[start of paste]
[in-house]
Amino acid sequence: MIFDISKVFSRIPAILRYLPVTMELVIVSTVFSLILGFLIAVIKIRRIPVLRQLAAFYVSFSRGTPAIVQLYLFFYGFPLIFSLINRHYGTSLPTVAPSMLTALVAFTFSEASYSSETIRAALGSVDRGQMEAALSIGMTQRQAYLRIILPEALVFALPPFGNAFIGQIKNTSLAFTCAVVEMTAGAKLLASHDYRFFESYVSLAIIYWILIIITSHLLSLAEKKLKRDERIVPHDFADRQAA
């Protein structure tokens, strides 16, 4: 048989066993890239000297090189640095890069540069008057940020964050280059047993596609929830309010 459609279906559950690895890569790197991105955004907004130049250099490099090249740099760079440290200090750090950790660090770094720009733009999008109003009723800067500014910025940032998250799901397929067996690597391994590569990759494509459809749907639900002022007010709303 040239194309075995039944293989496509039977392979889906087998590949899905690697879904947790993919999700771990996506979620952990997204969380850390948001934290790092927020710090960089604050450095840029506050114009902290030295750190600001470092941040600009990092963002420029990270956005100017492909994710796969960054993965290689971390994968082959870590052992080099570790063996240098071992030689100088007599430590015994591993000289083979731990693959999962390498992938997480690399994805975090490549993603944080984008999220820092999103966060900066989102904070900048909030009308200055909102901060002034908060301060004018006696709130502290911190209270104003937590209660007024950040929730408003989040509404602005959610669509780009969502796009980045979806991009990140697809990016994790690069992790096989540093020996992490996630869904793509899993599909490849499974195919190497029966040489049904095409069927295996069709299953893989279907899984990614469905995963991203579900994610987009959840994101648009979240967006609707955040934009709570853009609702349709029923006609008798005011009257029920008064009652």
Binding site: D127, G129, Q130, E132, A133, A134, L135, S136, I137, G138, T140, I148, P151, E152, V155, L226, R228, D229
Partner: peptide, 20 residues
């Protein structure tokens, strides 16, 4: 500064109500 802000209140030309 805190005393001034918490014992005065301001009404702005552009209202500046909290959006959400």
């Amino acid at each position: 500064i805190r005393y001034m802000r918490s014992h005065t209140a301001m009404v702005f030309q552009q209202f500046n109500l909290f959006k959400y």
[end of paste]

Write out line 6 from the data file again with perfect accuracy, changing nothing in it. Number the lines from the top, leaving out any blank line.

């Protein structure tokens, strides 16, 4: 500064109500 802000209140030309 805190005393001034918490014992005065301001009404702005552009209202500046909290959006959400």